After more than three decades of bitter enmity, Iran and the United States have set the stage for high-level contacts that have the potential to transform the Middle East. But the process, centred on resolving the dispute over Iran’s nuclear programme, is likely to be slow and difficult.
Iran’s moderate new president, Hassan Rouhani, and his US counterpart, Barack Obama, delivered relatively conciliatory if cautious speeches at the UN General Assembly on Tuesday. Each mirrored the other’s expressed desire for a diplomatic solution while still airing mutual grievances.
Mr Rouhani proclaimed “peace is within reach” while Mr Obama explicitly denied that Washington’s aim was “regime change” in Tehran. He also accepted Iran’s right to the peaceful use of nuclear energy.
Mr Obama, however, failed to secure a widely anticipated handshake with Mr Rouhani, who baulked at the prospect of a photo opportunity that would have enraged hardliners at home.
Instead, but no less significantly, the highest-level talks in years between the two adversaries will begin on Thursday in New York when Iran’s US-educated foreign minister, Mohammad Javad Zarif, meets John Kerry, the US secretary of state.
Their discussions are under a format that brings together Iran and the five permanent members of the UN Security Council with Germany, the so-called P5+1. Until now, neither side has fielded its top diplomats in the nuclear negotiations.
Iran was the first to place its foreign minister in charge of the talks, with the us swiftly following suit. Each side is investing far “more in the diplomatic process”, said Trita Parsi, the head of the National Iranian American Council, an advocacy group. That “means more political will and a greater cost of failure, and this is exactly what we need to overcome the political obstacles”.
On Thursday they will debate how to move beyond the stalemate in their talks, with a full-fledged round of negotiations expected next month in Geneva.
Although the “inflated expectations” of an historic handshake were punctured, “the near-term prospects for diplomacy between Washington and Tehran are genuinely encouraging”, Suzanne Maloney, an Iran expert at the Saban Center at the Brookings Institution in Washington, said.
On the table is a standing offer from the P5+1 for Iran to suspend its most sensitive uranium enrichment in return for modest relief from international sanctions. Tehran rejected that bid during the most recent round of talks in Kazakhstan in April.
Mr Rouhani made clear in his UN speech that Iran wants a far better deal on sanctions – which he described as “violent, pure and simple” – along with recognition of its right to enrich uranium for peaceful purposes. He said that if Washington withstood the influence of “warmongers”, then the US and Iran “can arrive at a framework to manage our differences”.
He continued: “Our national interests make it imperative that we remove any and all reasonable concerns about Iran’s peaceful nuclear programme.” On the other hand, he added that Iran’s mastery of atomic technology had reached an “industrial scale” and could not be reversed.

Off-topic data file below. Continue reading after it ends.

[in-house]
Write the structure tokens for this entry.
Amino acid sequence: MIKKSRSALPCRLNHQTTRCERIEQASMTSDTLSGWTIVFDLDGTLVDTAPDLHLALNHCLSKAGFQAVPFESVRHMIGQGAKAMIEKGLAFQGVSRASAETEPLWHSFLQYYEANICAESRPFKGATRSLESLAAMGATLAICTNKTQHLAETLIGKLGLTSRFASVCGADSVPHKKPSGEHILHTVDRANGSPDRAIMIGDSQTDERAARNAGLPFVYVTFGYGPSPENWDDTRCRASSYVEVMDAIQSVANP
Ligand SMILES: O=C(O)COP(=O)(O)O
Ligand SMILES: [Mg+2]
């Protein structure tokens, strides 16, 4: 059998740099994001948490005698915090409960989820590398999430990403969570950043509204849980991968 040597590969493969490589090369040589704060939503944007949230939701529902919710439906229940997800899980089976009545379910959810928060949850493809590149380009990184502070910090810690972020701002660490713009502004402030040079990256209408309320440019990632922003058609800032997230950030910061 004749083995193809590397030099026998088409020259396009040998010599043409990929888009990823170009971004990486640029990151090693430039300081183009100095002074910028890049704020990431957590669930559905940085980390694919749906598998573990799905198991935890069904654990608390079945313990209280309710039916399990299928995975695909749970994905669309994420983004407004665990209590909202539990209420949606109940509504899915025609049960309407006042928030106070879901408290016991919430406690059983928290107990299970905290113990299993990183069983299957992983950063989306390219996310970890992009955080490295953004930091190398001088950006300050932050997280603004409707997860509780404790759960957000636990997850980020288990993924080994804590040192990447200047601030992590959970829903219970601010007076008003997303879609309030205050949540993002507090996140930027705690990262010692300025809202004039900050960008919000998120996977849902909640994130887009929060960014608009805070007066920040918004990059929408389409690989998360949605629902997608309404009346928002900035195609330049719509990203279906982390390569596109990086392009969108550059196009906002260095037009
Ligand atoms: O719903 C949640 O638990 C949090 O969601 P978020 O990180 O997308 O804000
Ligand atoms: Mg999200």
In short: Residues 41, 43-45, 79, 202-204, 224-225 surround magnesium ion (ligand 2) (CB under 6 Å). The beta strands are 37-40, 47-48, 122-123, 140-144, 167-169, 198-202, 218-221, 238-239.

Any deal, then, will come down to how much nuclear activity Iran is permitted under stricter international invigilation.
Direct talks between Tehran and Washington could also pay other dividends. Many of the worst problems in the Middle East – from Syria and Iraq to Afghanistan, Palestine and Lebanon – can only improve with a more pliant Iran.
“Iran poses absolutely no threat to the world or the region,” Mr Rouhani insisted on Tuesday.
Yet a rapprochement between Iran and the US faces hostility from many quarters, including Israel, hardliners in Tehran and the US Congress.
The last holds the key to easing sanctions if Iran makes concessions on its nuclear programme. Failure to deliver would undermine Mr Rouhani at home and scupper any detente.
Israel – the Middle East’s sole if undeclared nuclear power – and America’s allies in the Arabian Gulf are also watching nervously, worried that Mr Obama will trade their security for an easing of tensions with Iran.
Benjamin Netanyahu, the hawkish Israeli premier, has urged Washington not to trust the new Iranian president, branding him a “wolf in sheep’s clothing” and dismissing his UN address as “cynical” and “full of hypocrisy”.
Without naming Israel directly, Mr Rouhani criticised its treatment of Palestinians. “Palestine is under occupation,” he told world leaders. “The basic rights of Palestinians are tragically violated.”
Meanwhile, in an interview with CNN, he condemned the Holocaust as a “reprehensible” crime committed by the Nazis against Jews. His hardline predecessor, Mahmoud Ahmadinejad, had caused international outrage by repeatedly denying the Holocaust.
Many ordinary Iranians on social media sites are cheering on their president in New York, hoping what they call his “smile diplomacy” will ease their country’s isolation and lift crippling sanctions.
Mr Obama doubted “this difficult history can be overcome overnight”, saying “the suspicion runs too deep”.
But, using terminology that will resonate in Tehran, he added: “I do believe that if we can resolve the issue of Iran’s nuclear programme, that can serve as a major step down a long road towards a different relationship – one based on mutual interests and mutual respect”.